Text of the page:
Africa definitely is “open for business,” but risks remain. 

Like other nations, African countries continue to be dependent on commodities, making them vulnerable to global market declines. There are also risks of political instability, conflict, and disease, and the underlying challenge of corruption. At the same time, Africa’s untapped reserves of natural resources attracts interest from investors looking to fuel hungry economic engines and also invites the possibility of exploitation. Despite its favorable working-age demographics, there are critical shortages of technical and managerial talent due to poor educational institutions and the brain-drain, especially to countries such as Brazil and the United States, the two largest for the African diaspora.

It is this unique combination of enormous potential, incredible risk, and vulnerability to exploitation that makes understanding African leadership particularly important today.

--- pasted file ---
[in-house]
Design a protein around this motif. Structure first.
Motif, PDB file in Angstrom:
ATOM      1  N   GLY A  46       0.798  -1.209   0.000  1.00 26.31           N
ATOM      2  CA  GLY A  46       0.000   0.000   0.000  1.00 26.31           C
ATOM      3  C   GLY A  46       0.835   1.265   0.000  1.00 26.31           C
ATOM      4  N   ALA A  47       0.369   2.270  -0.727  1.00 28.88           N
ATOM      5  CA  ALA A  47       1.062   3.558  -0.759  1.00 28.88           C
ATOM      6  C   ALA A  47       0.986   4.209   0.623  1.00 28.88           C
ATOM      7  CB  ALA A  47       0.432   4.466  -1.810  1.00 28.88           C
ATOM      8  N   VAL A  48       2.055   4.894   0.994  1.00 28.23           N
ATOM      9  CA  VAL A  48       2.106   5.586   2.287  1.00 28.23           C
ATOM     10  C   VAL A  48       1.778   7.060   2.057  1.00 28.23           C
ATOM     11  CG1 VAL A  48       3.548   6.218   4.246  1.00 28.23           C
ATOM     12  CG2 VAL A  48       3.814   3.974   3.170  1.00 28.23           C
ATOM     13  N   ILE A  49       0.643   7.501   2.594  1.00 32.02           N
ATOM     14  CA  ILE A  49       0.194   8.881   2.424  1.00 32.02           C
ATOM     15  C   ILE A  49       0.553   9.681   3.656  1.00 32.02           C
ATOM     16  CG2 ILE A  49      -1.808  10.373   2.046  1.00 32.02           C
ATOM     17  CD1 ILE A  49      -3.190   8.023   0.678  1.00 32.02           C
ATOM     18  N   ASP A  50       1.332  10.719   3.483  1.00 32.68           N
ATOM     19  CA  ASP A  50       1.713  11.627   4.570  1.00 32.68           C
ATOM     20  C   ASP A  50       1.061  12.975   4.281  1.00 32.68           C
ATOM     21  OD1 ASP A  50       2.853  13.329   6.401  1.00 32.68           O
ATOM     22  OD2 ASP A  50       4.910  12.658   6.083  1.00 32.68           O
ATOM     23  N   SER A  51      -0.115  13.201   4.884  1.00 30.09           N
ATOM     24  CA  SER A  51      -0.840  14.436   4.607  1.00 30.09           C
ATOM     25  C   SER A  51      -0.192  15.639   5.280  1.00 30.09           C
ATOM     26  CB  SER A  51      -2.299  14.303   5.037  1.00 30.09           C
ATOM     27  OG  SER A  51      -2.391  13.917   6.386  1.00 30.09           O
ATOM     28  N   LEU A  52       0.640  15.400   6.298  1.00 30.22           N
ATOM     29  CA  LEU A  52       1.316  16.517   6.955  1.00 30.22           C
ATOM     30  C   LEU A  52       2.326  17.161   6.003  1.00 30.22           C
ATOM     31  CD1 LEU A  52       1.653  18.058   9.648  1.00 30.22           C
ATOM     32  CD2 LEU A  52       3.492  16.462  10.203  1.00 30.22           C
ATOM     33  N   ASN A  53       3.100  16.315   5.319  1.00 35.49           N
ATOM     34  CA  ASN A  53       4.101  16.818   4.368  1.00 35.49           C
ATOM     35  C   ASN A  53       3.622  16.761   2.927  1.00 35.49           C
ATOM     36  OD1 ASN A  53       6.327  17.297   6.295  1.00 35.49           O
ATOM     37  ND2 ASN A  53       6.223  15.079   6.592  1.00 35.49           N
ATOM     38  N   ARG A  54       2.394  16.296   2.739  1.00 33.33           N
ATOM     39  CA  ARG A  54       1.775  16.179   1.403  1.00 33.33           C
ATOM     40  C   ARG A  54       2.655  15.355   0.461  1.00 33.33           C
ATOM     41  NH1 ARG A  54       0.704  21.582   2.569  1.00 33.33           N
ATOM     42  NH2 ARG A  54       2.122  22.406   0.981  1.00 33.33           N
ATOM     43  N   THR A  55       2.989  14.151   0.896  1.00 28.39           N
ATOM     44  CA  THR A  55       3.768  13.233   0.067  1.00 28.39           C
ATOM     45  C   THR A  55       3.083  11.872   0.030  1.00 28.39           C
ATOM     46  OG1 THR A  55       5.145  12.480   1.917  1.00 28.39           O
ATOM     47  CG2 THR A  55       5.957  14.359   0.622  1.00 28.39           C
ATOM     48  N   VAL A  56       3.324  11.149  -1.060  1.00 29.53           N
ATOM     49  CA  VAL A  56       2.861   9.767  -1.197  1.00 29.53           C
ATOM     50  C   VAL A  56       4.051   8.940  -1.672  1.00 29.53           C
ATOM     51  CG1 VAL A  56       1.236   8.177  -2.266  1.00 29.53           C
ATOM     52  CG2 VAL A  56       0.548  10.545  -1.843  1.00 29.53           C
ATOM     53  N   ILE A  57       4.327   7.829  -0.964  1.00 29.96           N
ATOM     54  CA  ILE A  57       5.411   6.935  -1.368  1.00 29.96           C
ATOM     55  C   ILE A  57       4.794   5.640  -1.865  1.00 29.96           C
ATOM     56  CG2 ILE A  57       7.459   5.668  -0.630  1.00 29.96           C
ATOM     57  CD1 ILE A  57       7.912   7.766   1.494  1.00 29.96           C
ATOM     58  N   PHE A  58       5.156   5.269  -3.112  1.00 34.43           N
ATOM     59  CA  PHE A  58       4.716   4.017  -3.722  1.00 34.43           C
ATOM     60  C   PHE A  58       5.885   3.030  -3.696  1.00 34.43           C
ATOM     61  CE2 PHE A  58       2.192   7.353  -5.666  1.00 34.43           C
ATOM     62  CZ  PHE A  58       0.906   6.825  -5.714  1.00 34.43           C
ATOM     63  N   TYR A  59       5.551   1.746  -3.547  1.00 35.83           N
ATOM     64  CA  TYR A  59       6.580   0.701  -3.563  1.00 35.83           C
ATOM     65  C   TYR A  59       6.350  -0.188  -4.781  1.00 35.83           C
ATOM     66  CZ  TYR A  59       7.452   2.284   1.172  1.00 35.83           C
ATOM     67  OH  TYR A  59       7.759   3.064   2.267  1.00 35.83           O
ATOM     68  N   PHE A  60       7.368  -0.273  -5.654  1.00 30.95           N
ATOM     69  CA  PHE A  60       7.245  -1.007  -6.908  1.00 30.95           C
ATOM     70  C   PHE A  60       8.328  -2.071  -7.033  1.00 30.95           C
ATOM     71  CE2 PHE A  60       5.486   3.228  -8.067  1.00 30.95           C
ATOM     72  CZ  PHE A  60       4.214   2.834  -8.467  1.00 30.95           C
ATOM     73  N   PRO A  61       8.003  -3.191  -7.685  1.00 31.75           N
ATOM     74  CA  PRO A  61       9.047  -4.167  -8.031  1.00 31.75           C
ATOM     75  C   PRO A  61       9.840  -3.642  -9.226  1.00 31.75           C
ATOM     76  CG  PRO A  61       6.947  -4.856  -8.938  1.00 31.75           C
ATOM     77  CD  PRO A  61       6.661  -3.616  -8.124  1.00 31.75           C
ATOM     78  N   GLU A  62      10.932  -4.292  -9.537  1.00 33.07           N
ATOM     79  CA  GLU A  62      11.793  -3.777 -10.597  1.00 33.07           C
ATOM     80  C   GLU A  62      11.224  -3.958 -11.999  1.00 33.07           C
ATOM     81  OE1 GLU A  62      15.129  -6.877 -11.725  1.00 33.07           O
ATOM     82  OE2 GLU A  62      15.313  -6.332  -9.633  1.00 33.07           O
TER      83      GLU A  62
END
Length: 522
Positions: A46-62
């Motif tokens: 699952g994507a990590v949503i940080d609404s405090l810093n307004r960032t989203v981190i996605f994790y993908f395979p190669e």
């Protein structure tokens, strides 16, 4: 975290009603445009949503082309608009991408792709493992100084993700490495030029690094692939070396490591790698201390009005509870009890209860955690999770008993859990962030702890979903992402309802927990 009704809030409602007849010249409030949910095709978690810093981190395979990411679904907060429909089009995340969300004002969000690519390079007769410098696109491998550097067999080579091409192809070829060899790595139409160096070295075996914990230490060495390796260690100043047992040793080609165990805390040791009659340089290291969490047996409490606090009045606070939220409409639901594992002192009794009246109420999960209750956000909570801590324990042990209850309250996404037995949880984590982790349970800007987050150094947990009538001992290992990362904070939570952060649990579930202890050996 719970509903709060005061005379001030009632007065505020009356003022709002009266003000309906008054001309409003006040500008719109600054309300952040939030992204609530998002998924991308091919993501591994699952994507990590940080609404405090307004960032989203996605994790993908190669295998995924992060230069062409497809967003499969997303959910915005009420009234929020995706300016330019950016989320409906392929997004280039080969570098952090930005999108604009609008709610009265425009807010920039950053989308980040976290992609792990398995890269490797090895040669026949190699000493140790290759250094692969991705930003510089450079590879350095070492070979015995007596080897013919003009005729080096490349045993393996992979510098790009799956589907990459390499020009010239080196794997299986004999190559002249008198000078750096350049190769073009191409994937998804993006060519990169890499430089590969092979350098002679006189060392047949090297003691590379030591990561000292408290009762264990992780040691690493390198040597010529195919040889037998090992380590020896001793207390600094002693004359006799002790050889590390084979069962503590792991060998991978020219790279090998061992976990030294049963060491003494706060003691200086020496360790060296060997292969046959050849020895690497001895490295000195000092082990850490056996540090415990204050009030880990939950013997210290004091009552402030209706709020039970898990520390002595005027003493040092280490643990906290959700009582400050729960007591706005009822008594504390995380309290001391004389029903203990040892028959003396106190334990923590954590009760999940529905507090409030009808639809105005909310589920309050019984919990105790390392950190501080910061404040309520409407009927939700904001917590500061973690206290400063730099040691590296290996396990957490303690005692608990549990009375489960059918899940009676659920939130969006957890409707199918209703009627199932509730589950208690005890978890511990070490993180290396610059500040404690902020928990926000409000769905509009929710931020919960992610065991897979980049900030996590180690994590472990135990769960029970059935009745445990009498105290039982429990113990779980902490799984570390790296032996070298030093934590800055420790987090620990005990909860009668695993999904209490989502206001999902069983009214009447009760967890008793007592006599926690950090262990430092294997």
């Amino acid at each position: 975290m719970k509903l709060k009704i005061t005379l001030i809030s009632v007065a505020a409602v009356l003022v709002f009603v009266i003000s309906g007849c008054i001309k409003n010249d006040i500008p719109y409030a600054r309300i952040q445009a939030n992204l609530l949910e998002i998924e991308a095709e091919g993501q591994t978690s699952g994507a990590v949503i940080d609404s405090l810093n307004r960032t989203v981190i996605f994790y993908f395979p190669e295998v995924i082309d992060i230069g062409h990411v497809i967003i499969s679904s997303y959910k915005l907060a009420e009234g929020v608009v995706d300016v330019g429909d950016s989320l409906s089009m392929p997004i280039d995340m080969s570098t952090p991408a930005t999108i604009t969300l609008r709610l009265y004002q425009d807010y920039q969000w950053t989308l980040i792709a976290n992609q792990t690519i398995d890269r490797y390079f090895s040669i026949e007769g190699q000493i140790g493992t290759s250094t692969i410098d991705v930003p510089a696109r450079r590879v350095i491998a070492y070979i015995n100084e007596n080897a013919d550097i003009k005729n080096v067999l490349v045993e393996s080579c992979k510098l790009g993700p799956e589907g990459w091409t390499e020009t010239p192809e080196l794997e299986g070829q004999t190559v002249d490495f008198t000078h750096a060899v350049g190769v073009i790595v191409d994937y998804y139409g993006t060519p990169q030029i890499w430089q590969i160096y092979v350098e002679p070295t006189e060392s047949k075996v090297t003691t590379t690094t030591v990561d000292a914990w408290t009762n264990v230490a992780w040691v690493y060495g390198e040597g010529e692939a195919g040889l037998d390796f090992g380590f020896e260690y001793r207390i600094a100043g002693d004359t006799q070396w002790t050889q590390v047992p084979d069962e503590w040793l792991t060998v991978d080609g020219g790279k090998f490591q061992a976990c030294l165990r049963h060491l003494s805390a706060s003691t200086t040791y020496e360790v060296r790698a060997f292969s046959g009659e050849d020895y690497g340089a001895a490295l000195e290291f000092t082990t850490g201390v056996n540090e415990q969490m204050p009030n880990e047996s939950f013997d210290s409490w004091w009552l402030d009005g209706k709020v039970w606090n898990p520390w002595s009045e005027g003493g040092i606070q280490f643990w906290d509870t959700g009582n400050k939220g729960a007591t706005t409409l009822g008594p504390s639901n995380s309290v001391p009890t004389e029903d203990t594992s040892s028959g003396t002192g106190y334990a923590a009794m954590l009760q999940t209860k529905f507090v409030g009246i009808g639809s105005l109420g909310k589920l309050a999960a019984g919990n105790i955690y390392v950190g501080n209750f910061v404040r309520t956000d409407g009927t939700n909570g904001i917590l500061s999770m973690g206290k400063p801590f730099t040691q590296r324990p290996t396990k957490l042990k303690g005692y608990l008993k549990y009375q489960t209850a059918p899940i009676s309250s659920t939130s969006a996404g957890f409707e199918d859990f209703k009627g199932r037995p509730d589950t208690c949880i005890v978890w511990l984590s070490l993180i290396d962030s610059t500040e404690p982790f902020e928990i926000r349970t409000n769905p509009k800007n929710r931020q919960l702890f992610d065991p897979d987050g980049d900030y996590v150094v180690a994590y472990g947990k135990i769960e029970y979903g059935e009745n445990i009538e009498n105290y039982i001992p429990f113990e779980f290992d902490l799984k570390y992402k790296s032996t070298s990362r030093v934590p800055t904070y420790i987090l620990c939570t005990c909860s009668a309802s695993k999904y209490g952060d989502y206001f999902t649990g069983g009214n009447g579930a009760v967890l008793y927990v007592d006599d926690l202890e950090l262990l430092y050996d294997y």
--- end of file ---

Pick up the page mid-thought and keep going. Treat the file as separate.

Without effective leadership, Africa will never be able to overcome its challenges, achieve its full potential, and protect itself from environmental and human exploitation.

Leadership, however, cannot be understood independent of context. African countries are rich in tribal tradition and culture and businesses often display hierarchical tendencies. The combination of past linkages, traditions, and indigenous habits creates unique leadership styles that are distinctly African.

My co-authors, Terri Lituchy and Betty Jane Punnett, and I captured many of these influences in our new book, LEAD: Leadership Effectiveness in Africa and the African Diaspora. It is, to our knowledge, the most ambitious attempt to explore leadership across the continent. The book’s main purpose is to provide research-based, yet practical insights into the way African managers lead and highlight and explain leadership styles and practices that are likely to be the most effective in the African context. The insights contained in the book will be valuable for African leaders in Africa and for African managers interfacing with non-African counterparts, as well as for foreigners going to Africa.